Where is the classic start menu in Windows 7


 Share

Recommended Posts

There's nothing wrong with preferring the old menu because you're used to it, but don't pretend like it's more efficient or faster than the new setup, because it's not, and Microsoft would have done a plethora of usability studies before making the decision.

It's quite amusing how a lot of the people whining about the classic menu also disable the search indexer.

For organized users such as myself, the classic start menu is faster and we don't need search functionality; we already know where everything is, thank you for very.

I realize and respect that many users run a much larger number of programs than I do and having a good search index improves their usability. I'm not trying to stand in the way of Microsoft innovating new solutions for those users.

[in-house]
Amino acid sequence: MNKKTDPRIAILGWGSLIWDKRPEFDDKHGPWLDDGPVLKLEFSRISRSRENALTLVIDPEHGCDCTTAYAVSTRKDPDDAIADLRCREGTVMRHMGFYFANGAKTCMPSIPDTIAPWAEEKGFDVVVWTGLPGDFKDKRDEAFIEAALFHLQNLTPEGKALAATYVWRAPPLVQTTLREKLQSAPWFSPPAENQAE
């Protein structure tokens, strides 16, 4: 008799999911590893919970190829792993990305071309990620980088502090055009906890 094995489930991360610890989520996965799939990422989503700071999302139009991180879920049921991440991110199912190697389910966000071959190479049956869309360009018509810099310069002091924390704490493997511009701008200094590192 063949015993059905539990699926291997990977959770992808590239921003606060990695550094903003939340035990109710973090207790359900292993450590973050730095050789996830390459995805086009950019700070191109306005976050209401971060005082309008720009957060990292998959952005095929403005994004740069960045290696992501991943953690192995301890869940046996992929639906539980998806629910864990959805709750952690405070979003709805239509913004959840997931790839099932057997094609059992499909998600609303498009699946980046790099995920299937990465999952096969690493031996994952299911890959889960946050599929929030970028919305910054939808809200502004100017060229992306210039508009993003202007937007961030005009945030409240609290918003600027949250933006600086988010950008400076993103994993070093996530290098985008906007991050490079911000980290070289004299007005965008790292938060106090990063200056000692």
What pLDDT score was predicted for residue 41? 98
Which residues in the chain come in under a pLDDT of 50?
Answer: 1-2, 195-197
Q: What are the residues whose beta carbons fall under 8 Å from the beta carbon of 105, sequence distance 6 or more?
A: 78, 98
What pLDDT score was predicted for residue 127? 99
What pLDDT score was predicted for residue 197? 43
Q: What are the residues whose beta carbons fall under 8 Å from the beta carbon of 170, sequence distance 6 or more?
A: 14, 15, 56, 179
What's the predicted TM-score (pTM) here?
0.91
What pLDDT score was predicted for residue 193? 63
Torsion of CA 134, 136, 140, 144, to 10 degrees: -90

I will be honest and say that once in a while I do use classic search in Windows XP. I like the classic search. But I don't like the indexing service running in the background and even when I've tried to use the indexing service, it doesn't work quite like I would expect it to. But I have no complaints that Microsoft offers the new search interface to users. I'm just happy that Microsoft also allows a registry setting to enable the classic search. Like the classic start menu, it is simple and code has already been written for it besides so it is less prone to bugs and not as difficult to maintain.